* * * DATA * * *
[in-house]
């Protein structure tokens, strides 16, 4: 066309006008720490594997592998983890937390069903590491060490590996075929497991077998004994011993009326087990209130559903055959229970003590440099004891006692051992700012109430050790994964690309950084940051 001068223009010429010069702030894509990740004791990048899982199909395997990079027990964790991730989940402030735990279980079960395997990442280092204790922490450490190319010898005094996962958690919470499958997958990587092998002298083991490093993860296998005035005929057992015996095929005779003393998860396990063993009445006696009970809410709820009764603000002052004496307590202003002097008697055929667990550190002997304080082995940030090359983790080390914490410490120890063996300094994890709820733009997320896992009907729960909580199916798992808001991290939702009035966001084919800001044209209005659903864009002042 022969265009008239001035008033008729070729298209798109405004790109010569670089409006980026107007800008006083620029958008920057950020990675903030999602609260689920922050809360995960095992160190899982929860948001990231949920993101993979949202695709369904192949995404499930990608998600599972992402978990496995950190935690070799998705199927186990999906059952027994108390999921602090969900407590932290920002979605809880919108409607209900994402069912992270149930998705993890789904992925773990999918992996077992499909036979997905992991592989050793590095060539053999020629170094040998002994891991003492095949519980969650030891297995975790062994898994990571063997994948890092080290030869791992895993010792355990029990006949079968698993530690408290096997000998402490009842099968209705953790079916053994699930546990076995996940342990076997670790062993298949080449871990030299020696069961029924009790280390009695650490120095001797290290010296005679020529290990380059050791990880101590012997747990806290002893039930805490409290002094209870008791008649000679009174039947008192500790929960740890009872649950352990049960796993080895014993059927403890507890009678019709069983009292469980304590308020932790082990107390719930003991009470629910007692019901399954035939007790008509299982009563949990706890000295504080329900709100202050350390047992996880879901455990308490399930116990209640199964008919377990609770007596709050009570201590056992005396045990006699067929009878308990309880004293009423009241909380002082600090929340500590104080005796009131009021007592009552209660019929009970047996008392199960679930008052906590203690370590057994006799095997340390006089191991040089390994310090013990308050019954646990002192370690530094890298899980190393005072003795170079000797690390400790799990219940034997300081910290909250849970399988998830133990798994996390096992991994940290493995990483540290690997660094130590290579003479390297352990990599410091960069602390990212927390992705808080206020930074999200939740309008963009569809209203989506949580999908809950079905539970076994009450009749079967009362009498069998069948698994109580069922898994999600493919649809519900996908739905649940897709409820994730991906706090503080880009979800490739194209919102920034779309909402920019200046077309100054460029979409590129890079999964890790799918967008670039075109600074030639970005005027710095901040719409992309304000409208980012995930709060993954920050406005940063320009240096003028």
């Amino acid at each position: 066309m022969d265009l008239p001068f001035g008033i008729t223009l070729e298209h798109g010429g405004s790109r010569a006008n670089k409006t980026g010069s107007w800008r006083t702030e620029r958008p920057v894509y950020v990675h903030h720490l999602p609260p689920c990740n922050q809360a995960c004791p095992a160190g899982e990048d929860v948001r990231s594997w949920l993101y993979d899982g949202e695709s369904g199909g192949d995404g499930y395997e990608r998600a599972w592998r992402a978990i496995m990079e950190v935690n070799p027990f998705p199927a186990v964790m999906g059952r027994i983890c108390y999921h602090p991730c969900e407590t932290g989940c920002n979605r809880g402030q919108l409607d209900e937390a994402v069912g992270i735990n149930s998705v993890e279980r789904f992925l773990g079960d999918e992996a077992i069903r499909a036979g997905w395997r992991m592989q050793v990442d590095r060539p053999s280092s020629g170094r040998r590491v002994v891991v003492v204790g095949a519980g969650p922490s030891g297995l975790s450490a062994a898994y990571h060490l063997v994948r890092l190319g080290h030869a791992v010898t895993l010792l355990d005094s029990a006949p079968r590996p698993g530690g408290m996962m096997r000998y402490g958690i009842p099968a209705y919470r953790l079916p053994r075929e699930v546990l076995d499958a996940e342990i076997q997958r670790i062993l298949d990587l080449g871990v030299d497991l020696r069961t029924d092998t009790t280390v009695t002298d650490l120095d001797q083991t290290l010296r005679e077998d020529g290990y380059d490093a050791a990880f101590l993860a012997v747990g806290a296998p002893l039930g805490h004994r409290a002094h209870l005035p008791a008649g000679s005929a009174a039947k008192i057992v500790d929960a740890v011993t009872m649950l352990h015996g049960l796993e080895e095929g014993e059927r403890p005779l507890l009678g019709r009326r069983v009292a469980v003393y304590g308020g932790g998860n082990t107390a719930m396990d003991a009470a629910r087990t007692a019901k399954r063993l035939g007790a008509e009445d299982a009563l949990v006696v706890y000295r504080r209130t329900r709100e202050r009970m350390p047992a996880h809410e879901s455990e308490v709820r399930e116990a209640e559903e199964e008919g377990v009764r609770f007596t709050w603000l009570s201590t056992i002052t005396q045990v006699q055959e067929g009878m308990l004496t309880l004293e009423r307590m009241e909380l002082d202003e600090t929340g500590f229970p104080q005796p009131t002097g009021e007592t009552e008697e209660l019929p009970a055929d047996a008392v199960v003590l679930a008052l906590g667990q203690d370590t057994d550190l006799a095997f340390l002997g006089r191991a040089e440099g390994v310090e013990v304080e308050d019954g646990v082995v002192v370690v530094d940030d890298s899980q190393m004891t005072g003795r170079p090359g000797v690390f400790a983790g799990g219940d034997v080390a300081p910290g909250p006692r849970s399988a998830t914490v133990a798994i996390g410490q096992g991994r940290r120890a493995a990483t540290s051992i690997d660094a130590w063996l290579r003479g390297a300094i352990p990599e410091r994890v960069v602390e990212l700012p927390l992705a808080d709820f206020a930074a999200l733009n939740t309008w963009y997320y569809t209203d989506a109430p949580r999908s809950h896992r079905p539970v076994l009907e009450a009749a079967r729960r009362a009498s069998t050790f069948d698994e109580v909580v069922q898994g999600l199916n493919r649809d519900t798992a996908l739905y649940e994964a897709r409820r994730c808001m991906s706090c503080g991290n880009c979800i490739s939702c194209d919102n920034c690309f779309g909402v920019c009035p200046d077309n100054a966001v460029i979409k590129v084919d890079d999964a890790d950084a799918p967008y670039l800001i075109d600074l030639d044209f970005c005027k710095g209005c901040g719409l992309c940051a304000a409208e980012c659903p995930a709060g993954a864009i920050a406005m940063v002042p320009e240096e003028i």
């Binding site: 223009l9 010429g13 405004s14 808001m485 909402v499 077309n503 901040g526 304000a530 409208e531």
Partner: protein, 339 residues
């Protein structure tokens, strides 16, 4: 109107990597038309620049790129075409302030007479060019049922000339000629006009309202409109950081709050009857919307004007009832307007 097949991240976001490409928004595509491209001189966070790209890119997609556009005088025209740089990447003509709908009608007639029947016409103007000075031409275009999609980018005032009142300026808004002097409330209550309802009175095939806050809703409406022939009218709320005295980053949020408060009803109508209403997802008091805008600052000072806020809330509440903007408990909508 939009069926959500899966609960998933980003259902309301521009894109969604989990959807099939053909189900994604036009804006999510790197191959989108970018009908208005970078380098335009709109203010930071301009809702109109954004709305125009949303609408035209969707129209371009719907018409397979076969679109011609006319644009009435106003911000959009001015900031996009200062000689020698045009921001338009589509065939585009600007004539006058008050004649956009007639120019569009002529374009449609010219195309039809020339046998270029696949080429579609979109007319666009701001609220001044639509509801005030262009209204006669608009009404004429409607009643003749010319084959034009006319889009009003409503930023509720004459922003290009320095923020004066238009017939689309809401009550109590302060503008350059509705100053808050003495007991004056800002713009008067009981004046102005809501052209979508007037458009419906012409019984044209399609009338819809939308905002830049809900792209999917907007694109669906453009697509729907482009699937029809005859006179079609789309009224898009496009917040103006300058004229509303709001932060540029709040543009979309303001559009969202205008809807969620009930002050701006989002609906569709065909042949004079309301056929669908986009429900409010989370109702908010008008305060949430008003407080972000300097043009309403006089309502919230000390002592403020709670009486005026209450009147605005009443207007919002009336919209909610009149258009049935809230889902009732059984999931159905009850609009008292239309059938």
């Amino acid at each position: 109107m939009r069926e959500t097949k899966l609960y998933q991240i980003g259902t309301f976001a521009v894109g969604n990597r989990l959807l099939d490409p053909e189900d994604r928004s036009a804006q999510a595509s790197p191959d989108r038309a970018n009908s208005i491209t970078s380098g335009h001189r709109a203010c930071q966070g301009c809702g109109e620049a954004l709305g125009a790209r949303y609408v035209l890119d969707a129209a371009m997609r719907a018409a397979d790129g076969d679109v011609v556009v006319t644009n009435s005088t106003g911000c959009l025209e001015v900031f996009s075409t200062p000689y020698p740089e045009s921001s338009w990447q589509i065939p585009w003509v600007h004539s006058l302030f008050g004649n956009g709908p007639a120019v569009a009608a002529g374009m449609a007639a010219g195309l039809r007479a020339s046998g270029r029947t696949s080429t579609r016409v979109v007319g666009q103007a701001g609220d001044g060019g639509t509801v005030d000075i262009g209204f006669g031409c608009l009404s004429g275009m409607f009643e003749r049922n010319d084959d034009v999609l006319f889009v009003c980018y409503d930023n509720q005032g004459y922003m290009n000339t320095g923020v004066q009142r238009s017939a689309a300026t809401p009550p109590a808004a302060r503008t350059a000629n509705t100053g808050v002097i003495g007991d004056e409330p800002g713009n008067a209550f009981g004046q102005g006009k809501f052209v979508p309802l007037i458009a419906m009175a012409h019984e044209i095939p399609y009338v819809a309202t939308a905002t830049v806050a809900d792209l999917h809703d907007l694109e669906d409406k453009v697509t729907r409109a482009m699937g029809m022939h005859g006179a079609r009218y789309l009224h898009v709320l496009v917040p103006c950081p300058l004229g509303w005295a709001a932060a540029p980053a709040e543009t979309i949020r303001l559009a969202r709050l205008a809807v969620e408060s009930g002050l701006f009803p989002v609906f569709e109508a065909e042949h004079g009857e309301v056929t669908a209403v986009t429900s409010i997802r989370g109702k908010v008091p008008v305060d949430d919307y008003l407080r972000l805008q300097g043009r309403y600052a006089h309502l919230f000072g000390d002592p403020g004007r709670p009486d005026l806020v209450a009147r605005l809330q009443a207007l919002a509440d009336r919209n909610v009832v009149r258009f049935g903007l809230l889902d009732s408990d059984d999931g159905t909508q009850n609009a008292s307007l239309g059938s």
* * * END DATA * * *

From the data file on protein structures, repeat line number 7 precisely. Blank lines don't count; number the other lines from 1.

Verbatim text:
């Amino acid at each position: 109107m939009r069926e959500t097949k899966l609960y998933q991240i980003g259902t309301f976001a521009v894109g969604n990597r989990l959807l099939d490409p053909e189900d994604r928004s036009a804006q999510a595509s790197p191959d989108r038309a970018n009908s208005i491209t970078s380098g335009h001189r709109a203010c930071q966070g301009c809702g109109e620049a954004l709305g125009a790209r949303y609408v035209l890119d969707a129209a371009m997609r719907a018409a397979d790129g076969d679109v011609v556009v006319t644009n009435s005088t106003g911000c959009l025209e001015v900031f996009s075409t200062p000689y020698p740089e045009s921001s338009w990447q589509i065939p585009w003509v600007h004539s006058l302030f008050g004649n956009g709908p007639a120019v569009a009608a002529g374009m449609a007639a010219g195309l039809r007479a020339s046998g270029r029947t696949s080429t579609r016409v979109v007319g666009q103007a701001g609220d001044g060019g639509t509801v005030d000075i262009g209204f006669g031409c608009l009404s004429g275009m409607f009643e003749r049922n010319d084959d034009v999609l006319f889009v009003c980018y409503d930023n509720q005032g004459y922003m290009n000339t320095g923020v004066q009142r238009s017939a689309a300026t809401p009550p109590a808004a302060r503008t350059a000629n509705t100053g808050v002097i003495g007991d004056e409330p800002g713009n008067a209550f009981g004046q102005g006009k809501f052209v979508p309802l007037i458009a419906m009175a012409h019984e044209i095939p399609y009338v819809a309202t939308a905002t830049v806050a809900d792209l999917h809703d907007l694109e669906d409406k453009v697509t729907r409109a482009m699937g029809m022939h005859g006179a079609r009218y789309l009224h898009v709320l496009v917040p103006c950081p300058l004229g509303w005295a709001a932060a540029p980053a709040e543009t979309i949020r303001l559009a969202r709050l205008a809807v969620e408060s009930g002050l701006f009803p989002v609906f569709e109508a065909e042949h004079g009857e309301v056929t669908a209403v986009t429900s409010i997802r989370g109702k908010v008091p008008v305060d949430d919307y008003l407080r972000l805008q300097g043009r309403y600052a006089h309502l919230f000072g000390d002592p403020g004007r709670p009486d005026l806020v209450a009147r605005l809330q009443a207007l919002a509440d009336r919209n909610v009832v009149r258009f049935g903007l809230l889902d009732s408990d059984d999931g159905t909508q009850n609009a008292s307007l239309g059938s």